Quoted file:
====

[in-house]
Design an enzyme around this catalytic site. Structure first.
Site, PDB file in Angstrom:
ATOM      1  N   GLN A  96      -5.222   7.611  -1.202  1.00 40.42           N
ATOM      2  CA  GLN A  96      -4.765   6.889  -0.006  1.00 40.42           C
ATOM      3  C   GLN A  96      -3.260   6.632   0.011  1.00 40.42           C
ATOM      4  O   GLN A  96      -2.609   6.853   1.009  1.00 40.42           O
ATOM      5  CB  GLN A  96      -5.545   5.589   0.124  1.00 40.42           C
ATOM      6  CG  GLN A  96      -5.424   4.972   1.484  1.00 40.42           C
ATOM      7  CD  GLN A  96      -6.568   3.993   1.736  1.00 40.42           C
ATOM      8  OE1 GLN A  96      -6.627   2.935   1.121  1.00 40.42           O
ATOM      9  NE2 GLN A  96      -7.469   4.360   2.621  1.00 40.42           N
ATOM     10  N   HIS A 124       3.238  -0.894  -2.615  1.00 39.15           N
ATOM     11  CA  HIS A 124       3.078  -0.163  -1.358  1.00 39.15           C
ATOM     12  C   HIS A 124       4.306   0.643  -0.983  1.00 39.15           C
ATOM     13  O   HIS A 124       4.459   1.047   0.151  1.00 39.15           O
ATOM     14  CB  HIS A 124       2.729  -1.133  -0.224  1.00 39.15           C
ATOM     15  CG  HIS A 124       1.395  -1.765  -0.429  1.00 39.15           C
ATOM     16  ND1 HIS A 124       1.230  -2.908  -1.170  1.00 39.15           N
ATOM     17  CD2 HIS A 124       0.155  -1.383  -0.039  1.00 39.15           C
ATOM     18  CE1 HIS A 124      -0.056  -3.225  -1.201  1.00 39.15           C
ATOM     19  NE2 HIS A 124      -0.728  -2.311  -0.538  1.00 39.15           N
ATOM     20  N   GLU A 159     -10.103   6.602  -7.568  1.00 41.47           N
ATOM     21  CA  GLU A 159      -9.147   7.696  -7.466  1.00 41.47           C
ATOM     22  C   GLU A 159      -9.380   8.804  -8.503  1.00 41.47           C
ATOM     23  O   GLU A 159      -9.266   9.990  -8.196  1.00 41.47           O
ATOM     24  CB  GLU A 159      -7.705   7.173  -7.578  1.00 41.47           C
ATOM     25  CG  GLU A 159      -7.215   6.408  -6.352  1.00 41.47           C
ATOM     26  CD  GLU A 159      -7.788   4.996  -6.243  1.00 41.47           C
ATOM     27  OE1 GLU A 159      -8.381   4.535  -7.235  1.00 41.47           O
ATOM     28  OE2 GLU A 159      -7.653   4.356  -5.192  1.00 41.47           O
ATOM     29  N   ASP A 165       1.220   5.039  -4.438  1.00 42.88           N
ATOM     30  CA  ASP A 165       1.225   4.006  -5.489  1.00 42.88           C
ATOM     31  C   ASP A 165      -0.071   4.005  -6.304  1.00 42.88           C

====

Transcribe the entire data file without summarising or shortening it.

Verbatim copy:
[in-house]
Design an enzyme around this catalytic site. Structure first.
Site, PDB file in Angstrom:
ATOM      1  N   GLN A  96      -5.222   7.611  -1.202  1.00 40.42           N
ATOM      2  CA  GLN A  96      -4.765   6.889  -0.006  1.00 40.42           C
ATOM      3  C   GLN A  96      -3.260   6.632   0.011  1.00 40.42           C
ATOM      4  O   GLN A  96      -2.609   6.853   1.009  1.00 40.42           O
ATOM      5  CB  GLN A  96      -5.545   5.589   0.124  1.00 40.42           C
ATOM      6  CG  GLN A  96      -5.424   4.972   1.484  1.00 40.42           C
ATOM      7  CD  GLN A  96      -6.568   3.993   1.736  1.00 40.42           C
ATOM      8  OE1 GLN A  96      -6.627   2.935   1.121  1.00 40.42           O
ATOM      9  NE2 GLN A  96      -7.469   4.360   2.621  1.00 40.42           N
ATOM     10  N   HIS A 124       3.238  -0.894  -2.615  1.00 39.15           N
ATOM     11  CA  HIS A 124       3.078  -0.163  -1.358  1.00 39.15           C
ATOM     12  C   HIS A 124       4.306   0.643  -0.983  1.00 39.15           C
ATOM     13  O   HIS A 124       4.459   1.047   0.151  1.00 39.15           O
ATOM     14  CB  HIS A 124       2.729  -1.133  -0.224  1.00 39.15           C
ATOM     15  CG  HIS A 124       1.395  -1.765  -0.429  1.00 39.15           C
ATOM     16  ND1 HIS A 124       1.230  -2.908  -1.170  1.00 39.15           N
ATOM     17  CD2 HIS A 124       0.155  -1.383  -0.039  1.00 39.15           C
ATOM     18  CE1 HIS A 124      -0.056  -3.225  -1.201  1.00 39.15           C
ATOM     19  NE2 HIS A 124      -0.728  -2.311  -0.538  1.00 39.15           N
ATOM     20  N   GLU A 159     -10.103   6.602  -7.568  1.00 41.47           N
ATOM     21  CA  GLU A 159      -9.147   7.696  -7.466  1.00 41.47           C
ATOM     22  C   GLU A 159      -9.380   8.804  -8.503  1.00 41.47           C
ATOM     23  O   GLU A 159      -9.266   9.990  -8.196  1.00 41.47           O
ATOM     24  CB  GLU A 159      -7.705   7.173  -7.578  1.00 41.47           C
ATOM     25  CG  GLU A 159      -7.215   6.408  -6.352  1.00 41.47           C
ATOM     26  CD  GLU A 159      -7.788   4.996  -6.243  1.00 41.47           C
ATOM     27  OE1 GLU A 159      -8.381   4.535  -7.235  1.00 41.47           O
ATOM     28  OE2 GLU A 159      -7.653   4.356  -5.192  1.00 41.47           O
ATOM     29  N   ASP A 165       1.220   5.039  -4.438  1.00 42.88           N
ATOM     30  CA  ASP A 165       1.225   4.006  -5.489  1.00 42.88           C
ATOM     31  C   ASP A 165      -0.071   4.005  -6.304  1.00 42.88           C